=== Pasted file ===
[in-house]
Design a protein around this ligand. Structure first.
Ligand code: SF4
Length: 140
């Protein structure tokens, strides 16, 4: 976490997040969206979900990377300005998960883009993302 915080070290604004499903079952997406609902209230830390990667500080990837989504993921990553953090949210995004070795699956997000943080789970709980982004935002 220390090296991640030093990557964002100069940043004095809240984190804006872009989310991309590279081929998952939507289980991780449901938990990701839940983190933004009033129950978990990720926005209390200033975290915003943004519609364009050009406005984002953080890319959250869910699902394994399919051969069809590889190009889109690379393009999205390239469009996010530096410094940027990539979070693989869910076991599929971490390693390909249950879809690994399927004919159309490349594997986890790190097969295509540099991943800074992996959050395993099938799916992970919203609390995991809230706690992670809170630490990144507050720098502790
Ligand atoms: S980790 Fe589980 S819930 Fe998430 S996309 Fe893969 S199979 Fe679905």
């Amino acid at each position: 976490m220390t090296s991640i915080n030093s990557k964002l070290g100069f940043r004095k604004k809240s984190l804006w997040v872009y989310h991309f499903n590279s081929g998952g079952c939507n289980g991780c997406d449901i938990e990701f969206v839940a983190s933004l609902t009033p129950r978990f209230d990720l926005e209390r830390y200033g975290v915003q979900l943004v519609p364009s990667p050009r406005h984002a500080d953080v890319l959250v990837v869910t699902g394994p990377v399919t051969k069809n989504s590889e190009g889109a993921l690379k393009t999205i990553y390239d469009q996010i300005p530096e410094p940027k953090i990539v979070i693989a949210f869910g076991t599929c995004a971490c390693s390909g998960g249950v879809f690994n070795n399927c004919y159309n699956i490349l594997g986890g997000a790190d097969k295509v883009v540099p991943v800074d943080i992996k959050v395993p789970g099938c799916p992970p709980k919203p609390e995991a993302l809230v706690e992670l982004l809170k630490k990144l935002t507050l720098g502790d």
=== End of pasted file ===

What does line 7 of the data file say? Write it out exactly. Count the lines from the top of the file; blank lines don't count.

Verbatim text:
């Amino acid at each position: 976490m220390t090296s991640i915080n030093s990557k964002l070290g100069f940043r004095k604004k809240s984190l804006w997040v872009y989310h991309f499903n590279s081929g998952g079952c939507n289980g991780c997406d449901i938990e990701f969206v839940a983190s933004l609902t009033p129950r978990f209230d990720l926005e209390r830390y200033g975290v915003q979900l943004v519609p364009s990667p050009r406005h984002a500080d953080v890319l959250v990837v869910t699902g394994p990377v399919t051969k069809n989504s590889e190009g889109a993921l690379k393009t999205i990553y390239d469009q996010i300005p530096e410094p940027k953090i990539v979070i693989a949210f869910g076991t599929c995004a971490c390693s390909g998960g249950v879809f690994n070795n399927c004919y159309n699956i490349l594997g986890g997000a790190d097969k295509v883009v540099p991943v800074d943080i992996k959050v395993p789970g099938c799916p992970p709980k919203p609390e995991a993302l809230v706690e992670l982004l809170k630490k990144l935002t507050l720098g502790d």